To understand the distribution system of most tokens, let’s analyze the current degen darling, Solana (SOL), and how it was allocated during its launch.
Before you ask, SBF purchased his infamous stake in Solana for $0.20 per token during the founding sale, two years before the public auction began in March of 2020.
Notice that only 1.60% of the total supply was released during the ICO on Coinlist, but if we observe the chart below, besides staking rewards, very few new tokens were introduced to the market until December of the same year.
Both early investors and ICO buyers consider the longevity of a token when they purchase a brand new token. If the team gets the proportions wrong, or plans to release tokens too quickly or too slowly, private and retail investors would consider the protocol greedy or even assume a slow rug pull (where the team fade away after raising funds) is waiting for them.
Cool story, what’s the takeaway?
When you’re looking up the tokenomics of a token, make sure you take into account the vesting schedule of that coin and plan your purchase accordingly. If you fully send a market buy order, but it’s the day before the early investor tokens unlock, how will your shiny new internet monies change in value? It will put you underwater immediately.
This information is always immediately available on the project website, or the launchpad for both new and old tokens, so let’s cover what you need to be looking for before you start sprinting the first 100 meters of the 2024 bull market marathon.
Token disclosure: If there is missing data about how many of the tokens exist, how they are allocated post-ICO, the seed sale allocations, etc, steer clear immediately. This lack of information is common with scam and low market cap tokens, and it becomes an expensive lesson in doing your research if you impulsively buy newly tokens or random coins on trendy launchpads.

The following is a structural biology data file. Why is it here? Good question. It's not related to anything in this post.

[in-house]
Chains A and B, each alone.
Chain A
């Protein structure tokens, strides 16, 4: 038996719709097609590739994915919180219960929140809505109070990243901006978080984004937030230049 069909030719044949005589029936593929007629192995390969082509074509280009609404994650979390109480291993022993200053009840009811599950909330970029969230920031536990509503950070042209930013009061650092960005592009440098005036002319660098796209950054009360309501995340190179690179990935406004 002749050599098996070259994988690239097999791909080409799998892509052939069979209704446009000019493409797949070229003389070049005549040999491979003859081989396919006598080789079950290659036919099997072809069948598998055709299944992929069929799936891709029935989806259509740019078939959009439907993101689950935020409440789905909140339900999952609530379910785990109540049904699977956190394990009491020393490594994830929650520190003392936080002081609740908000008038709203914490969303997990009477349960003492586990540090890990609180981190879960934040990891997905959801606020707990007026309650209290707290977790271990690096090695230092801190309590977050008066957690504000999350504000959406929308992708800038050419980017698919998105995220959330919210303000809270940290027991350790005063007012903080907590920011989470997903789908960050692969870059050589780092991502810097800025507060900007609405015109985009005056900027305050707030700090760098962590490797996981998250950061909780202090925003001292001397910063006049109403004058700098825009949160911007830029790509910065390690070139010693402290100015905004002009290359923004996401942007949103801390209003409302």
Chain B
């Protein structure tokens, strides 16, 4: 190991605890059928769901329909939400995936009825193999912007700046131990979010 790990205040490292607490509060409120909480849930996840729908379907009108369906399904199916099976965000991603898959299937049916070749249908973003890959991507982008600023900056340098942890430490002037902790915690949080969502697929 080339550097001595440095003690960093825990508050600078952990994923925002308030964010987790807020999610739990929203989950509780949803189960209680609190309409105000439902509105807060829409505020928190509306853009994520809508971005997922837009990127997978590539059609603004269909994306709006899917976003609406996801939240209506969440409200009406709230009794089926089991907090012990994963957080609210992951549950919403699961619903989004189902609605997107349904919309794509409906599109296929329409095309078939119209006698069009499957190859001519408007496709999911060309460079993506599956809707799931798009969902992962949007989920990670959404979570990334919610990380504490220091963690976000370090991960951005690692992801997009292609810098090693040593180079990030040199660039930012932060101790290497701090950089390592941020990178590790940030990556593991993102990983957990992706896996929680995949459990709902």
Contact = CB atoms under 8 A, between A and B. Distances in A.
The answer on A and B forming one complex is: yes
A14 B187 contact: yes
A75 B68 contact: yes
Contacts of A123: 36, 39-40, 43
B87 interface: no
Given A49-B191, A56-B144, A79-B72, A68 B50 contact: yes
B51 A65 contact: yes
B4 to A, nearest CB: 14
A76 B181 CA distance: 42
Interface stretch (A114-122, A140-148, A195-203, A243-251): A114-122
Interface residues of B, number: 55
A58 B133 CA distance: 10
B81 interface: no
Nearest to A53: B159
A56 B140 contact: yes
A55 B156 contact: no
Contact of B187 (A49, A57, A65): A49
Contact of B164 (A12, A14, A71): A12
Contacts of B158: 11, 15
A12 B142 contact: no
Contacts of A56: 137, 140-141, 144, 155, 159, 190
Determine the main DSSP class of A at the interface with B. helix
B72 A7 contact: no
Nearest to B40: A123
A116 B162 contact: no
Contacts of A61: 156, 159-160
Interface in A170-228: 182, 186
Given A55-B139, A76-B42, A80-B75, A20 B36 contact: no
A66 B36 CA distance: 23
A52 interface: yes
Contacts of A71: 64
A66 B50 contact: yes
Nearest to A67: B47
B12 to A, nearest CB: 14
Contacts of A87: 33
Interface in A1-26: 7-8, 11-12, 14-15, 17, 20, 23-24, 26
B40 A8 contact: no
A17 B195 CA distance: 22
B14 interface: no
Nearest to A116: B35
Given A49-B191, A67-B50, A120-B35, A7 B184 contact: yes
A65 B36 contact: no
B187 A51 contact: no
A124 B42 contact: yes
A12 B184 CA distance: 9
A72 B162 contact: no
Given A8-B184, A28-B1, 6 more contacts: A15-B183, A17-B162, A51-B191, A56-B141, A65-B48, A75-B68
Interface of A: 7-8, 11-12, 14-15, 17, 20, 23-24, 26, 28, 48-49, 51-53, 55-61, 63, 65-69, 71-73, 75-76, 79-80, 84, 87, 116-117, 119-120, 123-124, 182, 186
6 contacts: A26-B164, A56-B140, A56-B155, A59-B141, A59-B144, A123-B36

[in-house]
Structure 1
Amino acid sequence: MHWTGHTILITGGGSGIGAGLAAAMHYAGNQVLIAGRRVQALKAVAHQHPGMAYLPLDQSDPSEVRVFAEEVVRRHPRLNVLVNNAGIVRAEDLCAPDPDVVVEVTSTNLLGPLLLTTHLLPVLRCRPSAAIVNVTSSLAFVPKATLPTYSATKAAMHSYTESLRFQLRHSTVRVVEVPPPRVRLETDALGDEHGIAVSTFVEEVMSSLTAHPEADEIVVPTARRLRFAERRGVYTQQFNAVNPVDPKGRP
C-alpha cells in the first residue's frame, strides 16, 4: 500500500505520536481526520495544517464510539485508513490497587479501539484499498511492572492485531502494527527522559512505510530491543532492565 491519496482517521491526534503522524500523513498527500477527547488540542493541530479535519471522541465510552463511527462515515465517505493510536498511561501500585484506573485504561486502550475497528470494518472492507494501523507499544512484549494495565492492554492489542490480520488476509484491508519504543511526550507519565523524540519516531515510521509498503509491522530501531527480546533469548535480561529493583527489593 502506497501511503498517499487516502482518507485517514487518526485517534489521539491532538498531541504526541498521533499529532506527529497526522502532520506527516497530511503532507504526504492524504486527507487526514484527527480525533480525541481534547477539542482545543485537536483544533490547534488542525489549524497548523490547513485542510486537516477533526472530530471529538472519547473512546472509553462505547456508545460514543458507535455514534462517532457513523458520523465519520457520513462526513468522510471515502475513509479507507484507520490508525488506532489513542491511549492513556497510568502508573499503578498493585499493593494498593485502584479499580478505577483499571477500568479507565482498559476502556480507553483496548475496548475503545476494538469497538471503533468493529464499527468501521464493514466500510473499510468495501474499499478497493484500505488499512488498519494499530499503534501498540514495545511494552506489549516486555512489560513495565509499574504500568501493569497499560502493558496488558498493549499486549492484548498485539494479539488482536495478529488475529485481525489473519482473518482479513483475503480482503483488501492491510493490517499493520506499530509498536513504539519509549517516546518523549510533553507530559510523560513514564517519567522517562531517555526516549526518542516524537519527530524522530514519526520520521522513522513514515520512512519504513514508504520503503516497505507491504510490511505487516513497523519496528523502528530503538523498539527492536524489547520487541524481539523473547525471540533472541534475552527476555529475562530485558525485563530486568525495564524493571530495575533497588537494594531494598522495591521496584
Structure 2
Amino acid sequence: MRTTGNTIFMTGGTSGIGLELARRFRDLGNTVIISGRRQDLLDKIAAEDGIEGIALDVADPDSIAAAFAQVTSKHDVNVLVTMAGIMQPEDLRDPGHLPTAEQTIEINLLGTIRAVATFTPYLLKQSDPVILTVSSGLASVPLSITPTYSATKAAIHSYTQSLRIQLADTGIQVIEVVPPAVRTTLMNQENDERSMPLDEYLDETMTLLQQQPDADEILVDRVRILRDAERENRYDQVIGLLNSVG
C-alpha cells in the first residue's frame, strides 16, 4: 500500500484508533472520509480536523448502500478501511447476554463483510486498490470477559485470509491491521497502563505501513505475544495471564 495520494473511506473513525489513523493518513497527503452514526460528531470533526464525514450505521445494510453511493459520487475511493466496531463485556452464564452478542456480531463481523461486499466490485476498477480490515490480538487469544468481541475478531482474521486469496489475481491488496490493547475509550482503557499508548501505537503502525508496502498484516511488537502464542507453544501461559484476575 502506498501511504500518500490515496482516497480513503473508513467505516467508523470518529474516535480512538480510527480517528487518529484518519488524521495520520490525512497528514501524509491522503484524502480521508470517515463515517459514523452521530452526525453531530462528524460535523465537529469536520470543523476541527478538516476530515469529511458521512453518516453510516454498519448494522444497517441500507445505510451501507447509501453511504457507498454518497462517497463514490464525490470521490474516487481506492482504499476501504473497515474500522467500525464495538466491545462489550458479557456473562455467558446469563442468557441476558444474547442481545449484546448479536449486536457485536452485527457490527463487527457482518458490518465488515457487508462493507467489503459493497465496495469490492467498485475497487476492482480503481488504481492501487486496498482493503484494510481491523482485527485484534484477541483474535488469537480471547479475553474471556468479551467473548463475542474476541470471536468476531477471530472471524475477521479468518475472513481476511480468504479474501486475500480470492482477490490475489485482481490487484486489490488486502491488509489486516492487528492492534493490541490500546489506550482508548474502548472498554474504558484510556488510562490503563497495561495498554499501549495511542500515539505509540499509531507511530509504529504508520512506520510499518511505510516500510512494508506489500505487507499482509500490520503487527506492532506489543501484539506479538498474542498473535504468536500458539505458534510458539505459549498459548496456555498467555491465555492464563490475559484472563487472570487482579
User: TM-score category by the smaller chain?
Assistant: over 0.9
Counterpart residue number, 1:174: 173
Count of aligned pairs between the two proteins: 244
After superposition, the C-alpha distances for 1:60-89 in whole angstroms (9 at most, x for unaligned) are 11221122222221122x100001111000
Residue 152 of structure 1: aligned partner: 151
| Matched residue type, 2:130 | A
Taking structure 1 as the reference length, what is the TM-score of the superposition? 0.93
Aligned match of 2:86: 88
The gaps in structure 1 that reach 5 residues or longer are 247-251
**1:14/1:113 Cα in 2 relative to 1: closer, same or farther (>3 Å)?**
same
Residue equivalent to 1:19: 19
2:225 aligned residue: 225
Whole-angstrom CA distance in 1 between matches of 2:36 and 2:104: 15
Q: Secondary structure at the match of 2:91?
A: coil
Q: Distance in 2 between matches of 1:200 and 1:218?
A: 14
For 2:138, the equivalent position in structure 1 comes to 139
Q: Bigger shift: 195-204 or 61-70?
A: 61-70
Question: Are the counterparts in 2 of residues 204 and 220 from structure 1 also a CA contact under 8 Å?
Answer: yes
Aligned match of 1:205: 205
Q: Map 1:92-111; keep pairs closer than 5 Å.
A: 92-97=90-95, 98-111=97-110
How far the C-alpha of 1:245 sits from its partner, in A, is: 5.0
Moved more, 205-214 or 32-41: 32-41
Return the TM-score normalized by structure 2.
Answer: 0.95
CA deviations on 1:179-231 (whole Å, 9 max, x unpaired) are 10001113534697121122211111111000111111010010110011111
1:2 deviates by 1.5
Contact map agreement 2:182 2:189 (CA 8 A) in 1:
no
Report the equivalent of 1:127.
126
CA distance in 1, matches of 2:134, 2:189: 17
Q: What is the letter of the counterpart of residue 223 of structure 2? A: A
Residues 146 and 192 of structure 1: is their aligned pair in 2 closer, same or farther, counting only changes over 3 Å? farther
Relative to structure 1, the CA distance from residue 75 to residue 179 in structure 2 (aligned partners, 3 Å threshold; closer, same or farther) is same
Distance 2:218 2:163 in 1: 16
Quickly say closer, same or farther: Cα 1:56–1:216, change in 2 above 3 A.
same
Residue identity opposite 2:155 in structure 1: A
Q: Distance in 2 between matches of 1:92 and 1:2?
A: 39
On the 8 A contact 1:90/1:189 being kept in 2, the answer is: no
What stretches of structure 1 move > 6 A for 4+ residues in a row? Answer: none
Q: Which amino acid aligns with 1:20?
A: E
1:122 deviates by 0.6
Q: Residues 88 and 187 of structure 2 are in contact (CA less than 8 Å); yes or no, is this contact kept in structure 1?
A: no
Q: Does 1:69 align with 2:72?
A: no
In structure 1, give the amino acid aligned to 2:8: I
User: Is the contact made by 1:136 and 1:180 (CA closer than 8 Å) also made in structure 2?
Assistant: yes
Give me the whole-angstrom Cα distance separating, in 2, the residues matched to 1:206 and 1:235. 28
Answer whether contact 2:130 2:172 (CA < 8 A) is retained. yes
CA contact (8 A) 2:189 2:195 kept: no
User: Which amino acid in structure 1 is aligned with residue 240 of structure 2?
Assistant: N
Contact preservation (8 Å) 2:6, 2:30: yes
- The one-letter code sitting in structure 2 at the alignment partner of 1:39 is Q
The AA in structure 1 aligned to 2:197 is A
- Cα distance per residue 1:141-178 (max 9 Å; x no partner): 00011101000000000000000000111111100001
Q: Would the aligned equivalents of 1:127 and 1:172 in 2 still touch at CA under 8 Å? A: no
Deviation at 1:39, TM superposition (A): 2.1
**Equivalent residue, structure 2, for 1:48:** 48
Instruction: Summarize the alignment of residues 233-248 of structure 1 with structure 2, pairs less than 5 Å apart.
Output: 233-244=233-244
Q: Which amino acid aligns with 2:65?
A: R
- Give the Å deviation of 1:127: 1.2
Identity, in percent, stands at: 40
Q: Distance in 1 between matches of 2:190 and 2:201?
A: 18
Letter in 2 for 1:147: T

Supply and demand match up: even if the tokenomics looks great and there’s high demand, does the token actually have a use case? Will it sit in your wallet collecting dust until it’s sold later? Because if it is, that’s the case for everyone else as well. Functions such as staking, yield farming, and burn mechanics dictate how much of the supply is actively being productive or locked up, lowering the supply actively being traded.
Team and community: Even if the token model looks promising and its use case is clear, are the community and team on the same page? A successful tokenomics model aligns the interests of the core project team with those of the community and early investors. This is hard to measure without going deep into the project’s Discord, Telegram group, or Twitter comments, but is time well spent. The difference between a hidden gem with 100x potential and a complete scam is often community involvement.
Market cap is unsustainable: Have you ever looked at a token’s value and thought, “wow, this is criminally undervalued, why is that?” Immediately calculate or look up the fully diluted value (FDV), a key metric, which accounts for tokens still vesting or not yet active such as staking rewards or treasury holdings.
Slow rugs or dishonest founders will try to mislead traders into thinking they’ve found a diamond in the rough, by gaming the system that ranks their token by market cap to appear undervalued. However, when you see a new token with an FDV worth a billion, tread carefully.
Unclear use-case: Is it a gaming token, a utility token, or a meme? The use of a token will determine if its distribution model is thought out or copy pasted from DOGEcoin’s whitepaper. A gaming token that sold too much to seed investors? Prepare to fall down an escalator if the game doesn’t have enough players. A governance token that’s mostly held by founders or a DAO? Don’t expect your vote on proposals to be impactful. Consider if the distribution matches its use-case for long term success. And if you’re unsure, compare its model to one of a similar token.
Anon team: While it’s common in crypto for teams to protect their anonymity, this lack of transparency is also a risk that needs to be weighed carefully, as it opens investors up to new risks like rug pulls and just blatant scams.
Crypto is about educating yourself and being your own bank. This means due diligence is paramount if you want to succeed as an investor or a founder.